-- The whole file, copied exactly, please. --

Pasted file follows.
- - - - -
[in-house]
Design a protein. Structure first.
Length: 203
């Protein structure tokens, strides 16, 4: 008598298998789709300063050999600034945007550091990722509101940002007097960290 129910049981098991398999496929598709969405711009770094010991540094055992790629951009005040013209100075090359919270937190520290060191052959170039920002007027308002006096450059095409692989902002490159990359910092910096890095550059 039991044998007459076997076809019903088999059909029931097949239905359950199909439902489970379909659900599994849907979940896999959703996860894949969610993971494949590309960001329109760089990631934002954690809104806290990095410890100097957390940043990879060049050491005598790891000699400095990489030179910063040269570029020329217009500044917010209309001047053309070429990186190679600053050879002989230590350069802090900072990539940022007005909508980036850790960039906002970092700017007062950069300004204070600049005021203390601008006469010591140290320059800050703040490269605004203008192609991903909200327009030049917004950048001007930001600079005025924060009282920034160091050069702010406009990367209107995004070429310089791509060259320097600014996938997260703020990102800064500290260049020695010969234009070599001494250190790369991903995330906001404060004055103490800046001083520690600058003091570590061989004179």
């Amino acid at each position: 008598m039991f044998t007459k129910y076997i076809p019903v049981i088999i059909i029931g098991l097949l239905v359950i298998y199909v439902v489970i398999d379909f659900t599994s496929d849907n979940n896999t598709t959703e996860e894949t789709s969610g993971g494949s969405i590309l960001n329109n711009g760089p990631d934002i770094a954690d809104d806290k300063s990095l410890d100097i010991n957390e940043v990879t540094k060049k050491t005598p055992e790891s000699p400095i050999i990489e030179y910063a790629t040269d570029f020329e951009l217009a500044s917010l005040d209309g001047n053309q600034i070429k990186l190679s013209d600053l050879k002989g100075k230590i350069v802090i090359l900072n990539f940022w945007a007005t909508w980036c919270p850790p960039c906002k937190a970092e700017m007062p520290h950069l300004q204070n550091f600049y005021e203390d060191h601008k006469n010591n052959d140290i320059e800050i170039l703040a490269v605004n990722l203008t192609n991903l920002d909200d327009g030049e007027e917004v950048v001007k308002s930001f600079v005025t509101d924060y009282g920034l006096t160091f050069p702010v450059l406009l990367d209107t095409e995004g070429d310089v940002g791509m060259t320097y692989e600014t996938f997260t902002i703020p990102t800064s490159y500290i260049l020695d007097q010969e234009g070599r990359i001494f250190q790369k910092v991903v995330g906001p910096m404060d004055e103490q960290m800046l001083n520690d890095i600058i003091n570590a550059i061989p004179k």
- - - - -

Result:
[in-house]
Design a protein. Structure first.
Length: 203
């Protein structure tokens, strides 16, 4: 008598298998789709300063050999600034945007550091990722509101940002007097960290 129910049981098991398999496929598709969405711009770094010991540094055992790629951009005040013209100075090359919270937190520290060191052959170039920002007027308002006096450059095409692989902002490159990359910092910096890095550059 039991044998007459076997076809019903088999059909029931097949239905359950199909439902489970379909659900599994849907979940896999959703996860894949969610993971494949590309960001329109760089990631934002954690809104806290990095410890100097957390940043990879060049050491005598790891000699400095990489030179910063040269570029020329217009500044917010209309001047053309070429990186190679600053050879002989230590350069802090900072990539940022007005909508980036850790960039906002970092700017007062950069300004204070600049005021203390601008006469010591140290320059800050703040490269605004203008192609991903909200327009030049917004950048001007930001600079005025924060009282920034160091050069702010406009990367209107995004070429310089791509060259320097600014996938997260703020990102800064500290260049020695010969234009070599001494250190790369991903995330906001404060004055103490800046001083520690600058003091570590061989004179």
């Amino acid at each position: 008598m039991f044998t007459k129910y076997i076809p019903v049981i088999i059909i029931g098991l097949l239905v359950i298998y199909v439902v489970i398999d379909f659900t599994s496929d849907n979940n896999t598709t959703e996860e894949t789709s969610g993971g494949s969405i590309l960001n329109n711009g760089p990631d934002i770094a954690d809104d806290k300063s990095l410890d100097i010991n957390e940043v990879t540094k060049k050491t005598p055992e790891s000699p400095i050999i990489e030179y910063a790629t040269d570029f020329e951009l217009a500044s917010l005040d209309g001047n053309q600034i070429k990186l190679s013209d600053l050879k002989g100075k230590i350069v802090i090359l900072n990539f940022w945007a007005t909508w980036c919270p850790p960039c906002k937190a970092e700017m007062p520290h950069l300004q204070n550091f600049y005021e203390d060191h601008k006469n010591n052959d140290i320059e800050i170039l703040a490269v605004n990722l203008t192609n991903l920002d909200d327009g030049e007027e917004v950048v001007k308002s930001f600079v005025t509101d924060y009282g920034l006096t160091f050069p702010v450059l406009l990367d209107t095409e995004g070429d310089v940002g791509m060259t320097y692989e600014t996938f997260t902002i703020p990102t800064s490159y500290i260049l020695d007097q010969e234009g070599r990359i001494f250190q790369k910092v991903v995330g906001p910096m404060d004055e103490q960290m800046l001083n520690d890095i600058i003091n570590a550059i061989p004179k």